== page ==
At 10/11/2009 10:00:21 PM, regebro wrote:
Only exists in your head, as already shown.

At 10/11/2009 8:28:18 PM, banker wrote:
reveal why you answer with a question mark
At 10/11/2009 10:00:21 PM, regebro wrote:
Because it was a question.

RFDs Pl0x:
http://www.debate.org...
resolutionsmasher
Posts: 579
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8/16/2009 8:07:56 PM
Posted: 7 years ago
I can answer your question here. What you say after is your own choice. The greek word 'omni' refers to capability rather than an absolute trait. Thus omnibenevolence refers to God's all powerful ability to choose to be good or not. To further the thought train. Despite his now proven ability to choose to not be good, I believe that he is still always good. This would be more reason to respect him rather than hate him.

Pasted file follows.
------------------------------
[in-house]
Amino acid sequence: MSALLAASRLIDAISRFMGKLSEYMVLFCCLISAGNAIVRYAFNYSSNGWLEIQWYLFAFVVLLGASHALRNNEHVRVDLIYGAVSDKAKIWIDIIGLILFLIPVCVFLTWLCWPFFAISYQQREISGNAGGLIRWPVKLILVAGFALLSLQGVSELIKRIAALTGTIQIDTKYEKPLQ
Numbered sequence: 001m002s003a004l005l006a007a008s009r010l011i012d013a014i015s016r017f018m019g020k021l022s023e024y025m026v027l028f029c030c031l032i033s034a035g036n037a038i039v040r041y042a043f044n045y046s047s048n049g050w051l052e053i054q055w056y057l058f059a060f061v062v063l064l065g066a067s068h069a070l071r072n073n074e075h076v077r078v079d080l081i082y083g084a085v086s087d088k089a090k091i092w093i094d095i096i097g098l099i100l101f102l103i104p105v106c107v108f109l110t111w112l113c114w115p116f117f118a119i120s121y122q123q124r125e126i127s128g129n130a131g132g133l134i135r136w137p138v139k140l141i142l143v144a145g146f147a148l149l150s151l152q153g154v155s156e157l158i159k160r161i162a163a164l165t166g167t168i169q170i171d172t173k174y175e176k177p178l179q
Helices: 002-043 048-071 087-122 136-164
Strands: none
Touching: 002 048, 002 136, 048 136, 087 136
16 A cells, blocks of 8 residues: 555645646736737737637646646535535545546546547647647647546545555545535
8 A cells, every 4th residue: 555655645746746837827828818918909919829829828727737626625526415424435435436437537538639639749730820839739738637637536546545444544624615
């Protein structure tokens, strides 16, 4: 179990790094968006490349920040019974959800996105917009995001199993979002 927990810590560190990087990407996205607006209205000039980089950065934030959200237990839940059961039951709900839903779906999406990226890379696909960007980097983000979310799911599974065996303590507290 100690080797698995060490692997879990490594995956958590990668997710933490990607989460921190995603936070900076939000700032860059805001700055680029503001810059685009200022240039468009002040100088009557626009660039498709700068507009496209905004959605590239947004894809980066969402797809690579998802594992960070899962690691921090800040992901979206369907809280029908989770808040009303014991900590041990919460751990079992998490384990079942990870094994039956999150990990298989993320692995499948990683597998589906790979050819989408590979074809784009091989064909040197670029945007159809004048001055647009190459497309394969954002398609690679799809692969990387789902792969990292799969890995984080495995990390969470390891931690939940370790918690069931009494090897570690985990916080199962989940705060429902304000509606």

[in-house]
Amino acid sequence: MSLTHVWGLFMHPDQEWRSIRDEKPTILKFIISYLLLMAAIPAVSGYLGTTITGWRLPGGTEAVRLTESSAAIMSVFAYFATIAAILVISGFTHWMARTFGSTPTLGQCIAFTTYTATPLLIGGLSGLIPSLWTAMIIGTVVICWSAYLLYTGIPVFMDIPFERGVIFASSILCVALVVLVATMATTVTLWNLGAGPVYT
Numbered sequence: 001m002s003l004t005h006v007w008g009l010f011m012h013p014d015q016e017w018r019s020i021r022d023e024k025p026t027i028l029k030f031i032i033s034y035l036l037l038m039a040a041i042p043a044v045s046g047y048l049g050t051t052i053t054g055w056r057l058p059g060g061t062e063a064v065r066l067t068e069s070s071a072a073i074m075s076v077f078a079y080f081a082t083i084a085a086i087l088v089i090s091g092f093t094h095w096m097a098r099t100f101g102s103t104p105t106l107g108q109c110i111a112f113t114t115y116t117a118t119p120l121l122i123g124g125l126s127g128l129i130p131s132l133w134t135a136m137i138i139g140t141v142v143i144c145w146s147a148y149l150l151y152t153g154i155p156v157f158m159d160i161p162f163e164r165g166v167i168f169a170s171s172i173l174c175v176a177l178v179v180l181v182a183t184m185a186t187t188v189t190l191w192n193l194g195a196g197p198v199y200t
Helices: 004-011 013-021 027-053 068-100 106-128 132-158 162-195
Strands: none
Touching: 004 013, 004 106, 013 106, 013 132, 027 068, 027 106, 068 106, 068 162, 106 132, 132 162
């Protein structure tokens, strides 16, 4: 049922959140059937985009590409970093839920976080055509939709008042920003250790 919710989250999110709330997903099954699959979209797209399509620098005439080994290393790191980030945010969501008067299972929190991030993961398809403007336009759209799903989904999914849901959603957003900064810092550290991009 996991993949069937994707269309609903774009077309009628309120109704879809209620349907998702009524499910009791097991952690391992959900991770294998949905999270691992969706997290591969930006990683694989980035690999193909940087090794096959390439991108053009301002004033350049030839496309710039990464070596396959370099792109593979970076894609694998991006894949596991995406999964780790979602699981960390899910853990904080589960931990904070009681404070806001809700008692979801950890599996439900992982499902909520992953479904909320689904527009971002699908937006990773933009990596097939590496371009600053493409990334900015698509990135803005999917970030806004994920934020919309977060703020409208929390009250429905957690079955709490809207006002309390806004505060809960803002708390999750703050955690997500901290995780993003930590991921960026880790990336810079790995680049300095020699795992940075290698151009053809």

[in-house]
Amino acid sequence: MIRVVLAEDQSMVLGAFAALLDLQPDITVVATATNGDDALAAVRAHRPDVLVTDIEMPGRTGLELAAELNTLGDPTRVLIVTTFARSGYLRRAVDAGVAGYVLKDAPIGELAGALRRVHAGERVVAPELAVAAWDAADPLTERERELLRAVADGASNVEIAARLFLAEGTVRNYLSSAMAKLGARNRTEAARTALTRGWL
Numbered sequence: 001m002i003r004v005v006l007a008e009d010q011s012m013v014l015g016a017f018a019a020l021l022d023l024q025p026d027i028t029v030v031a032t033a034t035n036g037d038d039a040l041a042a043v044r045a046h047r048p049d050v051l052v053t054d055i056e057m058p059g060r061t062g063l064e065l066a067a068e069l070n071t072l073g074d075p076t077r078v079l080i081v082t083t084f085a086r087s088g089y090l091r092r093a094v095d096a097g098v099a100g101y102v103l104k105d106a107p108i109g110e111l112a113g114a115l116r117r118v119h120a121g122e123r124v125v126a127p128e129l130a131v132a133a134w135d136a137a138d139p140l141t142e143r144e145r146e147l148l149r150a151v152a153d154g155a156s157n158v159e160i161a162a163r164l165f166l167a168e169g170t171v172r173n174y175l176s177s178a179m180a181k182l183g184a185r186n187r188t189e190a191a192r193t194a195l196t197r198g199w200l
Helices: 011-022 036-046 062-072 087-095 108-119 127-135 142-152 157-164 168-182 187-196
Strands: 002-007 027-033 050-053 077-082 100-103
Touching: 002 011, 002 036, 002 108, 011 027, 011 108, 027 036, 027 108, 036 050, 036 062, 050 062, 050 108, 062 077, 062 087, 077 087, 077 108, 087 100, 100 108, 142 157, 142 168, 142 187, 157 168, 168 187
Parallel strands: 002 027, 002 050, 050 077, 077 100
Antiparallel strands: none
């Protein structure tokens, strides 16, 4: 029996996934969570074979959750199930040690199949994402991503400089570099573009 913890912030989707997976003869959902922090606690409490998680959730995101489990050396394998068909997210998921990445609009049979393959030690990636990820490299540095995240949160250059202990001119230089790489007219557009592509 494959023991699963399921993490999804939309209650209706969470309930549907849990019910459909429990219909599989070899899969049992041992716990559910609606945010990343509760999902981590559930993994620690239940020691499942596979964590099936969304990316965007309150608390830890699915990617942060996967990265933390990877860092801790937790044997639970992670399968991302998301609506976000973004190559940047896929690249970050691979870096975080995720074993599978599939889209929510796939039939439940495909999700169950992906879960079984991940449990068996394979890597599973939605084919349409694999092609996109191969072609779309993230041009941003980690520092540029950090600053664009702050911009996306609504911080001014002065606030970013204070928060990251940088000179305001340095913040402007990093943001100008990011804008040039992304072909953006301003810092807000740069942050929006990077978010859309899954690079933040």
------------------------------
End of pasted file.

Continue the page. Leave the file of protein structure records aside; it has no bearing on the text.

While we don't understand everything that God does. We should understand that he does so for our own good. We should also understand that God is not responsible for every event he might allow bad things to happen, but he doesn't ever actually do things that are bad.
This raises a question. Why would God allow these bad things to happen? For several possible reasons. 1. We are sinful man and God being a just God as much a good God must allow us to suffer our own consequences. Thus we, not God, are responsible. 2. We learn or do or become something better if we endure this trial rather than escape it. i.e. Freed slave Frederick Douglas is well known for being a strong opposer of slavery in his time. His words and actions are responsible for many victories in the field of freedom. This has created a better today. While this does not justify the cruel act of his enslavement it does show us that through this trial we are a better society and that is that trial had not occurred we would not have gained this good.
In the relationship between Obama and the rest of the U.S..... I think the U.S. is getting the short end of the hockey stick.